Bengaluru News

From Congo to Mysuru, with love

Manager-turned-director’s film nominated for award at BIFFES

Published: 02nd February 2017 05:53 AM  |   Last Updated: 02nd February 2017 05:53 AM   |  A+A-

Express News Service

BENGALURU: With the Bengaluru International Film Festival (BIFFES) set to kick off on Thursday, a film made by a director from the city, will be screened at the fest, and has also been nominated for an award. While the film has been made mostly with actors and technicians from the city, S P Raghu, the director, says being a resident of Mysuru made the process of filming much easier.

Raghu has been in Mysuru for one-and-a half years, and prior to that, worked for Mico Labs, a pharmaceutical firm in Congo, Africa. Owing to the amount of leisure time he had, he pursued his passion for making a film, and readied a basic script. And once he did that, he felt compelled to resign to start work on the film, and moved to Mysuru. Of course, before this moment of spontaneity, Raghu had been saving up for years to make a film, and he produced Pallata himself, with a little help from his brothers.

Most of the film’s actors, and members of the directorial team are from a theatre group in Mysuru, which was how Raghu preferred it. “It is a low-budget film and theatre actors and crew are more flexible to work with. During the shoot, we all stayed in villages at homes of the locals, which would have been tougher with film actors. And I also gelled with them better. I’ve always nurtured a passion for theatre and literature, and had written and directed plays in Bengaluru,” he says. The shoot’s location in Tiptur taluk is also Raghu’s home town. He roped in a few illustrious names for the film, such as wildlife photographer Lokesh Mosale for cinematography and National Award winner M N Swamy for editing.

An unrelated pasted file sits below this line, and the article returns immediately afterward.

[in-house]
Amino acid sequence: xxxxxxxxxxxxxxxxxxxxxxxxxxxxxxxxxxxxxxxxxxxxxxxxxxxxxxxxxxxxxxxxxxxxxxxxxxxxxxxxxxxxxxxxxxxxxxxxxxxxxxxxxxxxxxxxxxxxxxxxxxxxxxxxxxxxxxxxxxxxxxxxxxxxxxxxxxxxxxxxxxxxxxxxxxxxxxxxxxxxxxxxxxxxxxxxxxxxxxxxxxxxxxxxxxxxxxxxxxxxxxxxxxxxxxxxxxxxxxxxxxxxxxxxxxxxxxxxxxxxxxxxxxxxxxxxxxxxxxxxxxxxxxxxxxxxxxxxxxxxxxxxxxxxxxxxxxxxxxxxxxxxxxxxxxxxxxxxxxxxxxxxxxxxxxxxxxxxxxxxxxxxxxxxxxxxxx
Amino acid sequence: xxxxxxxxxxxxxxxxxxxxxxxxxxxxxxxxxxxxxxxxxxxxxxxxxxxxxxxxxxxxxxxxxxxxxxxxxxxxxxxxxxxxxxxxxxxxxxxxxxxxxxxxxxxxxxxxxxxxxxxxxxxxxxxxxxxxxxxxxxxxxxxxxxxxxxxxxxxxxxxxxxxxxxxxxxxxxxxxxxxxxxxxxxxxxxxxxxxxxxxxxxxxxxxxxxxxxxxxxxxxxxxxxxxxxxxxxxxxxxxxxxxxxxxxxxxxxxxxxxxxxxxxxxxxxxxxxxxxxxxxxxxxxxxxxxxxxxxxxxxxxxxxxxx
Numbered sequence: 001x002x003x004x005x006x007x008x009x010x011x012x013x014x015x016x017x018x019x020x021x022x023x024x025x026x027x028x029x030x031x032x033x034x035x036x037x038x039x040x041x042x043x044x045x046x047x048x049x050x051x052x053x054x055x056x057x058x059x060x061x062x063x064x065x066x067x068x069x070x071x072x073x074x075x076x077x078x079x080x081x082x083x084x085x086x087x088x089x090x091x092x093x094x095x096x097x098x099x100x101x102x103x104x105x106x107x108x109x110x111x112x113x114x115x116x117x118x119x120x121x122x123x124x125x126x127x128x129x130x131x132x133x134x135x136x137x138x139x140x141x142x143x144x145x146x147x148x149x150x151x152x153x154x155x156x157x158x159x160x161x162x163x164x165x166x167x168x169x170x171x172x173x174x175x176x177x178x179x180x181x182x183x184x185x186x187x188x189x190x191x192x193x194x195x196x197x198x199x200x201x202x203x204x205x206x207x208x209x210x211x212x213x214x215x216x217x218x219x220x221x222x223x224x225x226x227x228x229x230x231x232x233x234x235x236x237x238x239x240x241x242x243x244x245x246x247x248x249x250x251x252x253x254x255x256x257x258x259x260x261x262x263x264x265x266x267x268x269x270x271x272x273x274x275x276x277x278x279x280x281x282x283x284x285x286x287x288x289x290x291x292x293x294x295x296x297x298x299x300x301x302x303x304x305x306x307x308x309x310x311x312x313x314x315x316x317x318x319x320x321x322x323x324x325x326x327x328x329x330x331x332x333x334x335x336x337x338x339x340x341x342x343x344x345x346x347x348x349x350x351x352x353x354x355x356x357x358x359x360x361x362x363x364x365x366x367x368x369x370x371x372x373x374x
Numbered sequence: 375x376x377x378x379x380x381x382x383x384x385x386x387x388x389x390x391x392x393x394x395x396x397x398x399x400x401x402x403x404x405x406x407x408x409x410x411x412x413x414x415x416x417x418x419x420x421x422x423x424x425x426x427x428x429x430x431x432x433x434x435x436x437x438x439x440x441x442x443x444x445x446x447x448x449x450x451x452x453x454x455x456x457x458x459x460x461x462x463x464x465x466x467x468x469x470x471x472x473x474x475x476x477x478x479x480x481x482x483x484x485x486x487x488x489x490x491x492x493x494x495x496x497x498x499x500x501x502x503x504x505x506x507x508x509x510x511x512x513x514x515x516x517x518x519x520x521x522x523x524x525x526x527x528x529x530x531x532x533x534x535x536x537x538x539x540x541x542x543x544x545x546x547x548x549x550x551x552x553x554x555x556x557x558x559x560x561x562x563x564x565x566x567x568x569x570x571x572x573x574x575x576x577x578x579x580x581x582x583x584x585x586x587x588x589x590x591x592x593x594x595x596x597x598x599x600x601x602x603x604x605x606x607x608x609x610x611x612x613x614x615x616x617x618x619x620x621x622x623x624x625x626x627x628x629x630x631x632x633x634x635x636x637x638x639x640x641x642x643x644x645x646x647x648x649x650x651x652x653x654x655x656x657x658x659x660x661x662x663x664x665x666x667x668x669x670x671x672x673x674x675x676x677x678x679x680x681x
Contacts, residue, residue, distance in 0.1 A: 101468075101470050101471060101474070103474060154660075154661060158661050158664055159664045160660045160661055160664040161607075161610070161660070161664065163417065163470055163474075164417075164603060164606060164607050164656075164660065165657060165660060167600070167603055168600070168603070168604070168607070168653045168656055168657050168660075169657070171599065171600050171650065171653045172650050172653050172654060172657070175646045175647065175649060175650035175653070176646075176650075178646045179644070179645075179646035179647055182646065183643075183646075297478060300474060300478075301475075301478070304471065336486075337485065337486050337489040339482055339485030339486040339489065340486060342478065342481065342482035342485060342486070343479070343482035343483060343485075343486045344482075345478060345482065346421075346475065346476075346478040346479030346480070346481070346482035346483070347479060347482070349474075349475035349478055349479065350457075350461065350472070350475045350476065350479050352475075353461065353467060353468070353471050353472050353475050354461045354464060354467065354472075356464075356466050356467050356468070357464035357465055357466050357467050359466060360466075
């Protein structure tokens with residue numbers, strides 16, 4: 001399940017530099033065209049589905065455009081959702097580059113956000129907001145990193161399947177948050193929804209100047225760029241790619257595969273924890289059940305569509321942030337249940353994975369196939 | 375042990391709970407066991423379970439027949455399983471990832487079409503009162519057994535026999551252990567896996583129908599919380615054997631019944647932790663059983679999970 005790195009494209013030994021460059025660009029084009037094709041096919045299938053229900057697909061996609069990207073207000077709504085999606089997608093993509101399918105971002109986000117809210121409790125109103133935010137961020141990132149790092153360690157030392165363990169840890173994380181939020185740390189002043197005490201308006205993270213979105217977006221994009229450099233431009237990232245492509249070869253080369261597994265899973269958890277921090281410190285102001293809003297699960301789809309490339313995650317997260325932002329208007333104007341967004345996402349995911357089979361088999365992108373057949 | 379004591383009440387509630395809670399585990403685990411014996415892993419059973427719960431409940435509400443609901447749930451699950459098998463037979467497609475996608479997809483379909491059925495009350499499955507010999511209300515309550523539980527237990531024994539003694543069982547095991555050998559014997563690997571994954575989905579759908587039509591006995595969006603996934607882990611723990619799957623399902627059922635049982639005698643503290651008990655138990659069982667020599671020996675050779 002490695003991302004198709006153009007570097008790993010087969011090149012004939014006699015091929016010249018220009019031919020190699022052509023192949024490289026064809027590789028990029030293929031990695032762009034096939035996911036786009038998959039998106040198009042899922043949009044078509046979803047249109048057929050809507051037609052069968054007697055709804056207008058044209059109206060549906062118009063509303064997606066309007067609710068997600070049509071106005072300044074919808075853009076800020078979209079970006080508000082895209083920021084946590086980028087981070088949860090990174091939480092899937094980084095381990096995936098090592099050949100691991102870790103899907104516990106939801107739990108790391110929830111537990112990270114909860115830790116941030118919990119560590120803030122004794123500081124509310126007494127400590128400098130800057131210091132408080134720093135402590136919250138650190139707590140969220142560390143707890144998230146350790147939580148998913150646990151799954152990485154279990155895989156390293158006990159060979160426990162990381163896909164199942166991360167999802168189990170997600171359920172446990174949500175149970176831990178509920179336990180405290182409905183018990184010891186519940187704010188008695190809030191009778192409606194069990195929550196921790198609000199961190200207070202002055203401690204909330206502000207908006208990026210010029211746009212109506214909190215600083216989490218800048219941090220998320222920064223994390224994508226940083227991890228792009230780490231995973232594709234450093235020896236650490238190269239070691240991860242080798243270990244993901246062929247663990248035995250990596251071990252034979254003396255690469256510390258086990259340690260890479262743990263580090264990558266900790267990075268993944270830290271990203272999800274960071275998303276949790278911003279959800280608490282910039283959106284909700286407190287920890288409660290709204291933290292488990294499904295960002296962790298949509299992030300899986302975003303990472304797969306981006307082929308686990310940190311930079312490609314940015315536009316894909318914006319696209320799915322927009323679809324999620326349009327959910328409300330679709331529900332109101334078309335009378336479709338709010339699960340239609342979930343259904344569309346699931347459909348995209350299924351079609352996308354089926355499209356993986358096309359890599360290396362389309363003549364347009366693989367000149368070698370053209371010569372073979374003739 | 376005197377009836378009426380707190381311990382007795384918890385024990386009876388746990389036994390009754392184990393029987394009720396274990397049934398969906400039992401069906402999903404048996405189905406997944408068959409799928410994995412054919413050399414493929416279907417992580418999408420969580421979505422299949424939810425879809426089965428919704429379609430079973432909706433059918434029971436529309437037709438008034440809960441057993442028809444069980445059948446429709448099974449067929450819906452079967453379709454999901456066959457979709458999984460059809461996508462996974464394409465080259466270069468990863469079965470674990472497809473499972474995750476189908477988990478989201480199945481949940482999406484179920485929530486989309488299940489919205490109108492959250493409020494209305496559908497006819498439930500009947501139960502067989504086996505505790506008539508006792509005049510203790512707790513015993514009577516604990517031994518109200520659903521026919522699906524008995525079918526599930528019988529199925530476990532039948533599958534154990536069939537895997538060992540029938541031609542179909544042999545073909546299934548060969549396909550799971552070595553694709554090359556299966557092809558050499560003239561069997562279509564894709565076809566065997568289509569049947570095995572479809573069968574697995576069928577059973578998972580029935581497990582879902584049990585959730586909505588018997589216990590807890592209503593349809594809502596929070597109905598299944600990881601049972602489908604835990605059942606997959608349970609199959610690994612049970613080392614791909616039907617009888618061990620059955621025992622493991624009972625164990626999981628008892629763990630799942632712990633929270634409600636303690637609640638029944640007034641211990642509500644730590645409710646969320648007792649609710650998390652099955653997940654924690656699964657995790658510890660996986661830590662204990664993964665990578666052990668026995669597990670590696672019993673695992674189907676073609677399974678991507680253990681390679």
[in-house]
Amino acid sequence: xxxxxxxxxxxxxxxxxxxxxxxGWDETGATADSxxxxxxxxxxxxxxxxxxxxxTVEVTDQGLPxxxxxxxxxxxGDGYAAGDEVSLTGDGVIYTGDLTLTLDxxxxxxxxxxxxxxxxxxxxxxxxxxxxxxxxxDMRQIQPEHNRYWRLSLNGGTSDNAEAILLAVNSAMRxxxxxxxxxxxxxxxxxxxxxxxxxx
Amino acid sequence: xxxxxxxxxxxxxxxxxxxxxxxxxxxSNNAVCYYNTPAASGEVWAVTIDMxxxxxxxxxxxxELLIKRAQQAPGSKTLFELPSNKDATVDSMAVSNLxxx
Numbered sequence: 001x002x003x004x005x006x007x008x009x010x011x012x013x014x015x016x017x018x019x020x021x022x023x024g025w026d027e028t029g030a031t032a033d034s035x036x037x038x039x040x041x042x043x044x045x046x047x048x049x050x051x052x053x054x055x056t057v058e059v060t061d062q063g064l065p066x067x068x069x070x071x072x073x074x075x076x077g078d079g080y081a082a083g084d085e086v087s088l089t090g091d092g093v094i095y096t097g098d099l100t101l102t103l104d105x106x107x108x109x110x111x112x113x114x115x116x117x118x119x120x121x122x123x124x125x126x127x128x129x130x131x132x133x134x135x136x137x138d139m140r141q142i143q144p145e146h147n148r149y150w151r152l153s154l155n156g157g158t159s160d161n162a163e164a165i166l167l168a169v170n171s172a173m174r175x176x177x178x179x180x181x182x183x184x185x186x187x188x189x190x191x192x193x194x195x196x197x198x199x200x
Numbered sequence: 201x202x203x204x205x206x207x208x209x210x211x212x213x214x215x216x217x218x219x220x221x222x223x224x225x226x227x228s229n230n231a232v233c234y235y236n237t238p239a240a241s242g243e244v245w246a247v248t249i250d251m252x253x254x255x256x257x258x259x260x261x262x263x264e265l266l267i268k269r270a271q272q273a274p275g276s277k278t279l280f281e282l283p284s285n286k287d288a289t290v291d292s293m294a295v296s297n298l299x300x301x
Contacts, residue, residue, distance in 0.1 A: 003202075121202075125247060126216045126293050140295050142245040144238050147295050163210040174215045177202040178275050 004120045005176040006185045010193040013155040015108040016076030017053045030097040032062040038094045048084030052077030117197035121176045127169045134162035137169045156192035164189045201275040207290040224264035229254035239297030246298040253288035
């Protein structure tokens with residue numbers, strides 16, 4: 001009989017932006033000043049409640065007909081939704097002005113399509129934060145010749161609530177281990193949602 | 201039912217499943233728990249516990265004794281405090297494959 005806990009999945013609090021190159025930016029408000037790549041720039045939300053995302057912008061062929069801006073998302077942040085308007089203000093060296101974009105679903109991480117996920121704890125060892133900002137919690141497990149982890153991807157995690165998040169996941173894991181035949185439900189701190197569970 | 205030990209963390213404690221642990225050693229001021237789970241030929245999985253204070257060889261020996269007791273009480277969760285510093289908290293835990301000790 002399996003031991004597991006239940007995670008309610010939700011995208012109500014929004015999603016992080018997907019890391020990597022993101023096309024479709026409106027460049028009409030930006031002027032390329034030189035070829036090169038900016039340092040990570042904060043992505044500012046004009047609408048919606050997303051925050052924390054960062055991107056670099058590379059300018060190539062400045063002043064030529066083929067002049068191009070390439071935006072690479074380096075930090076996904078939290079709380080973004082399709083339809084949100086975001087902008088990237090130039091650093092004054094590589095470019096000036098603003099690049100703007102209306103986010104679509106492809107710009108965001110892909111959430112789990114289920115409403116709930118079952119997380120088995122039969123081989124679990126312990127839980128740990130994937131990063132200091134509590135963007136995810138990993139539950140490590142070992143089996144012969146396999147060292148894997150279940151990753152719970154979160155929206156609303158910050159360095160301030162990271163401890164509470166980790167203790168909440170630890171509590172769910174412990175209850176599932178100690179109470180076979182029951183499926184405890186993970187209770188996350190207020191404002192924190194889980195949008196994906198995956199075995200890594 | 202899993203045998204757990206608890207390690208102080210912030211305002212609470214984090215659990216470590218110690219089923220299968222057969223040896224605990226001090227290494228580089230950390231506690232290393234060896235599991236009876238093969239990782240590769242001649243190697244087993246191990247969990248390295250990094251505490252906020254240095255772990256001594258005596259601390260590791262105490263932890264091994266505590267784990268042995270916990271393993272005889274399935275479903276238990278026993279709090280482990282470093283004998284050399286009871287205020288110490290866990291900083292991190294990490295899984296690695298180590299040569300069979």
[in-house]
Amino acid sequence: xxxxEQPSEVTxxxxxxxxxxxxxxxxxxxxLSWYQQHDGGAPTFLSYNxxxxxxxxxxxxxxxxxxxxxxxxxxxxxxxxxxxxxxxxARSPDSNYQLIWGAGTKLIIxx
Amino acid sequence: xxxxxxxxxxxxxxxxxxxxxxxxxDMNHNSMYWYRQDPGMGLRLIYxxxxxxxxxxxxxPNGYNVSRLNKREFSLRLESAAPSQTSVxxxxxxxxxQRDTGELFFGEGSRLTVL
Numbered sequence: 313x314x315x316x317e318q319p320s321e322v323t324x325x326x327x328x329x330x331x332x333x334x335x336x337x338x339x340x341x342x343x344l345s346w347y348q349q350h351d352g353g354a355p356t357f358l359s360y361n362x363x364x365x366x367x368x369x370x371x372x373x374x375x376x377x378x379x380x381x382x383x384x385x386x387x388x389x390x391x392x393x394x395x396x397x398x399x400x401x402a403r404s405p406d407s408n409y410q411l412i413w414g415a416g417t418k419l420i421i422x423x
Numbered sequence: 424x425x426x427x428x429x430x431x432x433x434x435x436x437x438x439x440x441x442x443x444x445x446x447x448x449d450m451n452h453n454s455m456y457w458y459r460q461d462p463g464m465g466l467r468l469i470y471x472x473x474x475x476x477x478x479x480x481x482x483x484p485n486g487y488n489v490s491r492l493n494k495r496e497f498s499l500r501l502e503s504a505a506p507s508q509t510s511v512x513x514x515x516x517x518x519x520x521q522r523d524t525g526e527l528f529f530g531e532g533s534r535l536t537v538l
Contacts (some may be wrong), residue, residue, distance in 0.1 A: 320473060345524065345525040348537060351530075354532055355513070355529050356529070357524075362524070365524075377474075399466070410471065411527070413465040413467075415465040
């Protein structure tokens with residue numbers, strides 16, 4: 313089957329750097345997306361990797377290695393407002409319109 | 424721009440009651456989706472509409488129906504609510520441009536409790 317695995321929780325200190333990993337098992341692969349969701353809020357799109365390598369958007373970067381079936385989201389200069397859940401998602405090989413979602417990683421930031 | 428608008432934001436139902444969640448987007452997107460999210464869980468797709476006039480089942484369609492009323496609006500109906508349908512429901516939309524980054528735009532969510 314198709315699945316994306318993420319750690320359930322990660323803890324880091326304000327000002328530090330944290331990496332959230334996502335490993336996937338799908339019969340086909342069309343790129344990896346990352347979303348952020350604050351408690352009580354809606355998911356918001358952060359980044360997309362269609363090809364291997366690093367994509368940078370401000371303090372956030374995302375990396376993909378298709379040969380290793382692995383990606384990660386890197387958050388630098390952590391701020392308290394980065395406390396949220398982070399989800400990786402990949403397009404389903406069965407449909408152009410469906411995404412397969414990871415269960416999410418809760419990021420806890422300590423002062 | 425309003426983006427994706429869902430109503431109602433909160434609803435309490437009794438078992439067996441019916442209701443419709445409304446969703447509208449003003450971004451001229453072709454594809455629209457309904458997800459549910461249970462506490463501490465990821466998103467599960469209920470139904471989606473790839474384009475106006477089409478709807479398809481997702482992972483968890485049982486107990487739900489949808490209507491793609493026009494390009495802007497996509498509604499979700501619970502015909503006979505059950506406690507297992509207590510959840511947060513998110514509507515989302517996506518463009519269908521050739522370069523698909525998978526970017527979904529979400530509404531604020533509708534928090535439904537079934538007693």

The film’s central character, Yella, is the village drummer who beats drums whenever the situation calls for it, for example to announce something. All villagers would pay the drummers in kind with rice and millets. The profession used to be quite prevalent in villages of Karnataka until modernisation made them obsolete, which is what happens to Yella. His struggle to accept his fate is juxtaposed with the village’s modernisation and his relatively modern, college-going daughter’s dislike for his ‘profession,’ which she thinks is equivalent to begging. Raghu says the custom is still practised, albeit in a very few villages.

Anil Kumar played the role of the lead character, Yella in the film. This was his debut film and he haw acted in Kannada TV serials prior to this. He has mixed memories of the shoot. “I was suffering from jaundice at the time of the shoot But Raghu’s mother, who was at the location, nursed me back to health. I felt I was cared for very well,” he said.

On being asked about the film’s chances of winning the award - Raghu waived it off saying how every jury differs from one another. The film was also screened at a film festival in Delhi, and was much liked by the audience. “In August I had spoken about the film with literary figures in a film studio.

The film has been much discussed in literary circles and some universities have asked for screenings for students,” says Raghu. he is now working on another film, a bilingual, something more commercial, and is scouting hard for actors for the film.
Speaking about how being in Mysuru helped him to make the film, he says, “Things started moving very fast here. It’s easy to work here, there’s peace of mind, it’s easy to meet people for discussions, and many subject experts and artists from various fields are available.”

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